I need to do some dinnerware sets and have found I can fit a service for 4 made up of 5 piece place settings in my little 18x23 BUT ... I had mostly half shelves. I bought myself enough whole shelves so I can fire 4 large plates and 1 platter. I use the halves for everything else. I have been starting with the whole shelves at the bottom. I use 4 posts so that when I get to the half shelves I can switch to supporting each half at 3 points using the 4 posts, where the shelves meet each half gets half the post for support. I make sure the posts all line up one on top of the other all the way up for stability. I haven't had an issue with warped shelves but then most of my whole shelves are new so that might be an issue as they get older.

I do have a lot of posts in a lot of sizes (2-10 inch tall) since my kiln is so small. I don't want any wasted space because I only have a 6 inch post left when I need 4 inches, I even have and use quite frequently little 1/2 inch posts that I place on top of other posts when something is just a hair too tall for the size I have. I also use posts to place something up slightly above another piece on a shelf if I need to to make it fit. Loading a kiln is like a 3 dimensional puzzle.

Oh and I tumble stack my bisque and can get an easy 3 loads of glaze from 1 bisque load, unless there are a lot of underglaze pieces which can't be tumble stacked then it's 2 loads of glaze not 3.

T


#103484 Damp Box Construction Question

Posted by Pugaboo on 12 March 2016 - 09:27 PM

Awhile back I asked about the type of plaster for a large damp box and really appreciate the input as to using plain old plaster of Paris. I made a small one about 6 months or so ago and have had handles and bottoms in it since the first week I made it, everything is still soft and workable. The big one I just made I am using to store box and mug blanks so I can decorate them to suit on demand rather than having to build them and delay the fun part of decorating.

Damp boxes are great for using an extruder and I plan to make a couple more large ones for storing extruded parts that I can then quickly assemble. I tend to pull 25 to 50 pounds through the extruder at a time and then in the past had to scramble to get everything assembled before the parts got too dry. Now it's SO EASY, set up the extruder, pull, cut, firm up to soft leather hard, place in damp box, use as needed over months.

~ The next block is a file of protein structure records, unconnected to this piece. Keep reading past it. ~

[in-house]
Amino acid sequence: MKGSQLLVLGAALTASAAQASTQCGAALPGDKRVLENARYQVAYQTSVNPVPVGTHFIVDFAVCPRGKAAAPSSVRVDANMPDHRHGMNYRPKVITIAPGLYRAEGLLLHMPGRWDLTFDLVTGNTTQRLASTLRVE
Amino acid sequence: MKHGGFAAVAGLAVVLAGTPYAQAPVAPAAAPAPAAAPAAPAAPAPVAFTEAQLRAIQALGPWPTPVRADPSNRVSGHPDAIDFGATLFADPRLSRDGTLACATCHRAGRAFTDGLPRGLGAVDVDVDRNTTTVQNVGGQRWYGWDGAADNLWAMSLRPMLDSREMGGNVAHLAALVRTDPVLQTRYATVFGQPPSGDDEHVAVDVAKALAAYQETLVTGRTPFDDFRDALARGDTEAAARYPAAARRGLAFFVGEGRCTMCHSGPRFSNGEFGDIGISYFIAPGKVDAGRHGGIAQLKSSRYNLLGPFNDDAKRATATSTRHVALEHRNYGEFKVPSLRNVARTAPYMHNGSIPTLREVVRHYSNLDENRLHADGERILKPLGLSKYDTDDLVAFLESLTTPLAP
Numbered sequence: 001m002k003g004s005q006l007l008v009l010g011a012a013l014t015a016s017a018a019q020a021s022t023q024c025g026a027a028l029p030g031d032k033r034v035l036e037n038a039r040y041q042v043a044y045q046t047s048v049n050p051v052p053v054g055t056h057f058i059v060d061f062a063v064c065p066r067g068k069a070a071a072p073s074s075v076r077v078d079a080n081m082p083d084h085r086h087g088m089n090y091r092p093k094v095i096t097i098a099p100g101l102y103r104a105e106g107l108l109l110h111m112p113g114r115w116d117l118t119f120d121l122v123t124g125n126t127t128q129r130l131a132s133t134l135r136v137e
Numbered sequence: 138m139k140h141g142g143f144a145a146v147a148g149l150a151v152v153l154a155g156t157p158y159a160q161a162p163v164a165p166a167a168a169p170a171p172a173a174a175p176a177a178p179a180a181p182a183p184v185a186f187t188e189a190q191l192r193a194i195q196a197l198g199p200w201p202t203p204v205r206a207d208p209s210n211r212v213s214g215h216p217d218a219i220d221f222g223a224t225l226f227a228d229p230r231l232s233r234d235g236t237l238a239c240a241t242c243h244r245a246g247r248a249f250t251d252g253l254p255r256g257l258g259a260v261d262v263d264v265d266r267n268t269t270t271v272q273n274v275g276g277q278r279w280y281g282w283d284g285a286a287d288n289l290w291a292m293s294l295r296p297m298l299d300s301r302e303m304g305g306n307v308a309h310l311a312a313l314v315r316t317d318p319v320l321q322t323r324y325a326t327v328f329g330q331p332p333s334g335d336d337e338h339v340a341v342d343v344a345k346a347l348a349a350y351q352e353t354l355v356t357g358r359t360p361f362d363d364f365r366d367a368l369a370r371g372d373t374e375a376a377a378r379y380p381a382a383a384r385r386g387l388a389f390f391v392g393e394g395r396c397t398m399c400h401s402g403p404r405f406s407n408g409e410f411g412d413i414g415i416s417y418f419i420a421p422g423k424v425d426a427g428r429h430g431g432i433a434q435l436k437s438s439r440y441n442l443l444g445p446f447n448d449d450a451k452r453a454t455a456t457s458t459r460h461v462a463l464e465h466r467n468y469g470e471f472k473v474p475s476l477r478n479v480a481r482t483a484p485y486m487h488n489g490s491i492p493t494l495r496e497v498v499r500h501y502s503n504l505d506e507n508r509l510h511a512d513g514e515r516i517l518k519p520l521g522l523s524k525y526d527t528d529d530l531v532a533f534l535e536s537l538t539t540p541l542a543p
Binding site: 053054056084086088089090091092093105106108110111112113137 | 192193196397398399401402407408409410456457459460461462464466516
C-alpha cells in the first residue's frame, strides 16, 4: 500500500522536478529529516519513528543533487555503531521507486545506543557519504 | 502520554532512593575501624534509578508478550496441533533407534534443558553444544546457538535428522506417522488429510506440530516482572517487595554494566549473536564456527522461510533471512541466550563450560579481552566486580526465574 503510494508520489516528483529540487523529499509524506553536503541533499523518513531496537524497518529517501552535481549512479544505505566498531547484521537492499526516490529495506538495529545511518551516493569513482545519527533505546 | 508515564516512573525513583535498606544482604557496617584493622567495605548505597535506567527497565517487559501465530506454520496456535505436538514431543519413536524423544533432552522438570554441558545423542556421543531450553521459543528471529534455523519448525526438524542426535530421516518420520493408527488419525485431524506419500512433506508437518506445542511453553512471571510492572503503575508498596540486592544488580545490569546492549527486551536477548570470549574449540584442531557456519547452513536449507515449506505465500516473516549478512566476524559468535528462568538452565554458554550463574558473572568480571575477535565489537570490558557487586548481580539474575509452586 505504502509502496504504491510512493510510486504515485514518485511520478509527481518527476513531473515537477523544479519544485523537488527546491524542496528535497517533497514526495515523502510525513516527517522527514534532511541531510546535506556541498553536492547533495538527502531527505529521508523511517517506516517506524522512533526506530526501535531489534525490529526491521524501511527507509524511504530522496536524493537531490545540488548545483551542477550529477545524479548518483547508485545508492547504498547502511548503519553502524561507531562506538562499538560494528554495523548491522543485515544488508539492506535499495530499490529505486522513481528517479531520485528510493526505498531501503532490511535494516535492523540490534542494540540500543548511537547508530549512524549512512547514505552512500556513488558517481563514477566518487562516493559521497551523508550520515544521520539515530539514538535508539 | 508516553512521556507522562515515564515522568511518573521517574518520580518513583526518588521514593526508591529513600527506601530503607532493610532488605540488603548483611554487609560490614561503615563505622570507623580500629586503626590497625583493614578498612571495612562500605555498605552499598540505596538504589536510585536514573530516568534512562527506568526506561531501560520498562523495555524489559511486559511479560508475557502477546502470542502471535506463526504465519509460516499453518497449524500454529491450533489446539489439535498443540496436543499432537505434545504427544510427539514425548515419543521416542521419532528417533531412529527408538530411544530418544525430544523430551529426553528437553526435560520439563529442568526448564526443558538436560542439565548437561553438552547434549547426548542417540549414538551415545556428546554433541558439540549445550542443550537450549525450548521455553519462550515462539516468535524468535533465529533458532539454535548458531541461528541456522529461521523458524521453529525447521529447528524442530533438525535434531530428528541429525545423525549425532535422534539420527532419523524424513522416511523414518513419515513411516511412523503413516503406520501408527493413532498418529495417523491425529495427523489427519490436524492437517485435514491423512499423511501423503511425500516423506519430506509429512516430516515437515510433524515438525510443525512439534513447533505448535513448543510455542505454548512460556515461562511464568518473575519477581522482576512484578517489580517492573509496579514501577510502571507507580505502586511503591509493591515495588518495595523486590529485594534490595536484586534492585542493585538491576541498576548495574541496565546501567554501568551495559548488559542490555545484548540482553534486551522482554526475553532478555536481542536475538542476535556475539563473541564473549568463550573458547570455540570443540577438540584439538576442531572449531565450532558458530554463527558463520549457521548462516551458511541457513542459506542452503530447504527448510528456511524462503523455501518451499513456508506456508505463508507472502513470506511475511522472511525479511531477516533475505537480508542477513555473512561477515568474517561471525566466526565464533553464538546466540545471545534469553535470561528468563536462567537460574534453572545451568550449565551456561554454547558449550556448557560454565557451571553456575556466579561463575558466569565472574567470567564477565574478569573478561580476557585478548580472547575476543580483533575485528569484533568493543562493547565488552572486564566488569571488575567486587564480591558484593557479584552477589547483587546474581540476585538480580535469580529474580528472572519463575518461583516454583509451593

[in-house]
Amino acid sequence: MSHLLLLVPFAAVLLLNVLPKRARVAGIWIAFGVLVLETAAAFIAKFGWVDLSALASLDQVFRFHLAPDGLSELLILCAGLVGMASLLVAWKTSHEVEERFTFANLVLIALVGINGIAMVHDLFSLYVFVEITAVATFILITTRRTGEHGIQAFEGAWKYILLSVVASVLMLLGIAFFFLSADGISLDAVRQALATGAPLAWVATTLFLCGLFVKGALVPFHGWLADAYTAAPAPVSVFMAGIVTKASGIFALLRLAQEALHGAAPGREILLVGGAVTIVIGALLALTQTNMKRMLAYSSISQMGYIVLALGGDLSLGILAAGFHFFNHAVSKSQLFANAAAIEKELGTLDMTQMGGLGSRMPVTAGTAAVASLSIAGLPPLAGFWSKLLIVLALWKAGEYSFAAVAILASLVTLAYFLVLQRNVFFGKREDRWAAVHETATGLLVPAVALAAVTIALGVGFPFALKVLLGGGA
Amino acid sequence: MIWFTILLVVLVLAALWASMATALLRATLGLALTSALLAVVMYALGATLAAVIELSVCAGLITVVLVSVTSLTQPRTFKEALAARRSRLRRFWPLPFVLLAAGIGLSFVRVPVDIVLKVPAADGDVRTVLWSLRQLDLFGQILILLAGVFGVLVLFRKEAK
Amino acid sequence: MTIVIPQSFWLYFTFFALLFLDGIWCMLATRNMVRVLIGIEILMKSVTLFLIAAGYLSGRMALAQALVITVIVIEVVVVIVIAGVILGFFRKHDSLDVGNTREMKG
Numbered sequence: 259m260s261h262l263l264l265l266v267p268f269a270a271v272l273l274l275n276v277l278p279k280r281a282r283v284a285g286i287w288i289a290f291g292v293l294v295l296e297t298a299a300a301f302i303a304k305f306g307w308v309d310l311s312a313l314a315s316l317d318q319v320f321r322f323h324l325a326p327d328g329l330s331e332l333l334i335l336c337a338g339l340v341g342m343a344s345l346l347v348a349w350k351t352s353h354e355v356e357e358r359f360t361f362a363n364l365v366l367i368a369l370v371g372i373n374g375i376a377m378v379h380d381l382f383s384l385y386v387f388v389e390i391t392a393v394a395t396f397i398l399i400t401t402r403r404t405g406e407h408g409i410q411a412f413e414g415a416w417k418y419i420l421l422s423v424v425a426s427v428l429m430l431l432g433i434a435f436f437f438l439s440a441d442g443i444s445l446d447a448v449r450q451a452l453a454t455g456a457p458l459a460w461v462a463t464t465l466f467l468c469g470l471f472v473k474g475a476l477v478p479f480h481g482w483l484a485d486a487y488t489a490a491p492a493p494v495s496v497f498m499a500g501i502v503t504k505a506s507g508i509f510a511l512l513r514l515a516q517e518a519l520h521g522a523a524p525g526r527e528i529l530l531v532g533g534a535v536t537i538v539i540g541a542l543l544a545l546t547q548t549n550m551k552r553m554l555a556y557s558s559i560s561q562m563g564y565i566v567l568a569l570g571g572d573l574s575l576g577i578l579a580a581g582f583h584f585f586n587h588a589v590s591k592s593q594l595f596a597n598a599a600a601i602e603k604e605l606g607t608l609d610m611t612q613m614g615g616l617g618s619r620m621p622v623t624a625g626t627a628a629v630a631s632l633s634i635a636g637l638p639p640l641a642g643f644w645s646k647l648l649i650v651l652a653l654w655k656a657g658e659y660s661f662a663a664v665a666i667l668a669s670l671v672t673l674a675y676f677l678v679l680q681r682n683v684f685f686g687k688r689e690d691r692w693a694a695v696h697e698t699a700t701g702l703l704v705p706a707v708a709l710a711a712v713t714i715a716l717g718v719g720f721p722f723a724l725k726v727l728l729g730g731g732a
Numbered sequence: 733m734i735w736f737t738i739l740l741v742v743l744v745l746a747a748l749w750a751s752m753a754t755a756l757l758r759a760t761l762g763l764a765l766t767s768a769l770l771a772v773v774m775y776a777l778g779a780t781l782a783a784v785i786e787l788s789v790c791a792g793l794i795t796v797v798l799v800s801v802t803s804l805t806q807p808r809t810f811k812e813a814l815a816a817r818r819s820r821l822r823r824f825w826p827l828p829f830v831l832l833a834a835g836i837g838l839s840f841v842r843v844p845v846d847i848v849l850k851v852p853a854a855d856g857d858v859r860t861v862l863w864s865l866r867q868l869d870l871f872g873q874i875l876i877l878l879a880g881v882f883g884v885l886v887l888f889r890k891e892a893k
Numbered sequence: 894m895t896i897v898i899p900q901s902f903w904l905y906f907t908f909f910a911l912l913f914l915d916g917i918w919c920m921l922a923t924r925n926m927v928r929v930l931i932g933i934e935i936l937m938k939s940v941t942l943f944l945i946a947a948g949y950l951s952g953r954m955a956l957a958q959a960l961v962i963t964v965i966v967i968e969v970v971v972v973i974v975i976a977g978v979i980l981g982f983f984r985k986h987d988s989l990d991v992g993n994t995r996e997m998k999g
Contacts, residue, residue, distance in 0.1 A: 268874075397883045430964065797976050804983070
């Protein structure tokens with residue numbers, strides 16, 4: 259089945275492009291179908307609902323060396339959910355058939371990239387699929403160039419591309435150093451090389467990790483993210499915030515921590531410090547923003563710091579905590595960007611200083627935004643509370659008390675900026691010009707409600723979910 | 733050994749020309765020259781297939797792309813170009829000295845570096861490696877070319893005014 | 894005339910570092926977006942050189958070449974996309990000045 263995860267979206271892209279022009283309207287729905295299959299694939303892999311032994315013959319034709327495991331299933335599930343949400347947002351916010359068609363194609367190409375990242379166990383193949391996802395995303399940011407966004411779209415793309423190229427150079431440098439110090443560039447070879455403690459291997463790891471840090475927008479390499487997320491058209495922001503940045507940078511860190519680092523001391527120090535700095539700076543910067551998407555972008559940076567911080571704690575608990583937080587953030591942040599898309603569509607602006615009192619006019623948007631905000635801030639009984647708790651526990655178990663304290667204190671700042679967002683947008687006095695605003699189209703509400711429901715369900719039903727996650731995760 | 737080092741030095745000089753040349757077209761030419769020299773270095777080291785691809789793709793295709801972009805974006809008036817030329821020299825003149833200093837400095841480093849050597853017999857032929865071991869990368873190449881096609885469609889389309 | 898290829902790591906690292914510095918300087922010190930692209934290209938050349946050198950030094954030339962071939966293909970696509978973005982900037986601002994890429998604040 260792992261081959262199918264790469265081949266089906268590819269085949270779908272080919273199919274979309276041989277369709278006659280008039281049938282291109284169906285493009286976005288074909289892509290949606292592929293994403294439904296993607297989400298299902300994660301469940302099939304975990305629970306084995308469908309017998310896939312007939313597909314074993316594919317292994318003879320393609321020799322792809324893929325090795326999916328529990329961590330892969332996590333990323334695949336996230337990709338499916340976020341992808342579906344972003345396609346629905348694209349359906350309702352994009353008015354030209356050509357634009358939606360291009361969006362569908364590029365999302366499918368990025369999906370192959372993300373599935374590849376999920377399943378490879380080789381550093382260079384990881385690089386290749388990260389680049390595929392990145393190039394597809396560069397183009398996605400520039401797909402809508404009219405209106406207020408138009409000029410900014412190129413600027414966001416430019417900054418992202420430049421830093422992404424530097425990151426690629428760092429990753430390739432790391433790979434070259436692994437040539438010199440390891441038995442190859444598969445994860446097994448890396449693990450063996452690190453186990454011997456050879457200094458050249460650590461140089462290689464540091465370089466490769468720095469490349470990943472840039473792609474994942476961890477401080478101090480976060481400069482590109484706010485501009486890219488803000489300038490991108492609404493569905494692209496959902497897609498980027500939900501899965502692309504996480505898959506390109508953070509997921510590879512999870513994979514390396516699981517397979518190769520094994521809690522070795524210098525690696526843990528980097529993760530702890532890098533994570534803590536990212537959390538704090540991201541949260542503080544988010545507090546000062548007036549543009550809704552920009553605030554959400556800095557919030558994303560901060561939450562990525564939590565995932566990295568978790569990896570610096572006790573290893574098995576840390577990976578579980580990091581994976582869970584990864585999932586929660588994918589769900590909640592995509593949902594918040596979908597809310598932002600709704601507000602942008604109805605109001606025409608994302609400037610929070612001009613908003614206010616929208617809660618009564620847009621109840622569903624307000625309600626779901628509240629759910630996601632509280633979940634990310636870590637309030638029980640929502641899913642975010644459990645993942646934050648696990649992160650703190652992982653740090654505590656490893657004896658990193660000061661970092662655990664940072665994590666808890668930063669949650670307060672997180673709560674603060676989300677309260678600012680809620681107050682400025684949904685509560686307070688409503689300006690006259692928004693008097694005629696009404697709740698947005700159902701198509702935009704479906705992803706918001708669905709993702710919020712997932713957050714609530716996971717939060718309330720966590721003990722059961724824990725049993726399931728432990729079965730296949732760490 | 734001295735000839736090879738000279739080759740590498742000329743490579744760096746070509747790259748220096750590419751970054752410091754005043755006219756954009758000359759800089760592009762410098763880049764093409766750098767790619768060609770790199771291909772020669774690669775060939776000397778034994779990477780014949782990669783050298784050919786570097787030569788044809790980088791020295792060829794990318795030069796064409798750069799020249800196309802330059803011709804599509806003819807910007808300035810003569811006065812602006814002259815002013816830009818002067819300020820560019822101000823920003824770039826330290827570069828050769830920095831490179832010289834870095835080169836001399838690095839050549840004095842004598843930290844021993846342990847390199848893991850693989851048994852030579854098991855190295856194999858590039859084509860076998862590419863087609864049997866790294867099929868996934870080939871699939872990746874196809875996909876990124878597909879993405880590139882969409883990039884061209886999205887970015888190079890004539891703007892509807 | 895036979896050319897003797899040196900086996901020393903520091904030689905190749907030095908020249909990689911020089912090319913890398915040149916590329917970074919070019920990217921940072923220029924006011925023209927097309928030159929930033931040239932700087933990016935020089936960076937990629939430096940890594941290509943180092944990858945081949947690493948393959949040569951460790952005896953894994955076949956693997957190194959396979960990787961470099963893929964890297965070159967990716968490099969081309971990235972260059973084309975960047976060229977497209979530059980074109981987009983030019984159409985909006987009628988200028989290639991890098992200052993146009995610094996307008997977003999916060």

T


#101924 Kiln Vent On Or Off?

Posted by Pugaboo on 12 February 2016 - 10:15 PM

No I have a switch box. I had it installed especially for the kiln. It has a large lever type switch on the side, up is on and down is off. Might be called a cut off box or something but I use it to isolate the kiln from the breaker panel. The breakers in the panel a few feet away stay on and don't get messed with.

T


#101597 What To Do With All My Early Pieces?

Posted by Pugaboo on 07 February 2016 - 11:41 AM

I toss my rejects in a large cardboard box, they break they crack they stay there until I have enough to make some stepping stones for my yard. I have caught my husband fishing through the box and tell him uh uh uh finger wag what do you need? Then give him something that is good but I don't think is good enough to sell. He likes to use my pieces for pencils and small tools in his train room. I figure I will eventually have enough stepping stones to surround the entire house and then I will work on a path along the creek.

I had an issue when I started of every piece being precious I had to get brutal with myself and it helps when I looked at it this way... Before bisque firing there are no failures just new possibilities. Wedge it down and make something that IS worthy of the kiln. I'm very frugal and it drives me nuts to waste anything so I have learned to edit before firing so I can reuse the clay for something else. If after bisque firing there is an issue I use the pieces in the studio for practice painting and such. After glaze firing it's that cardboard box and stepping stones.

You can find molds and such to make mosaic walking stones at craft stores and you can find concrete stepping stone molds at Home Depot. Or just google diy stepping stones and make one yourself.

T


#100568 Anyone Else Doing Silkscreening On Clay?

Posted by Pugaboo on 24 January 2016 - 06:26 PM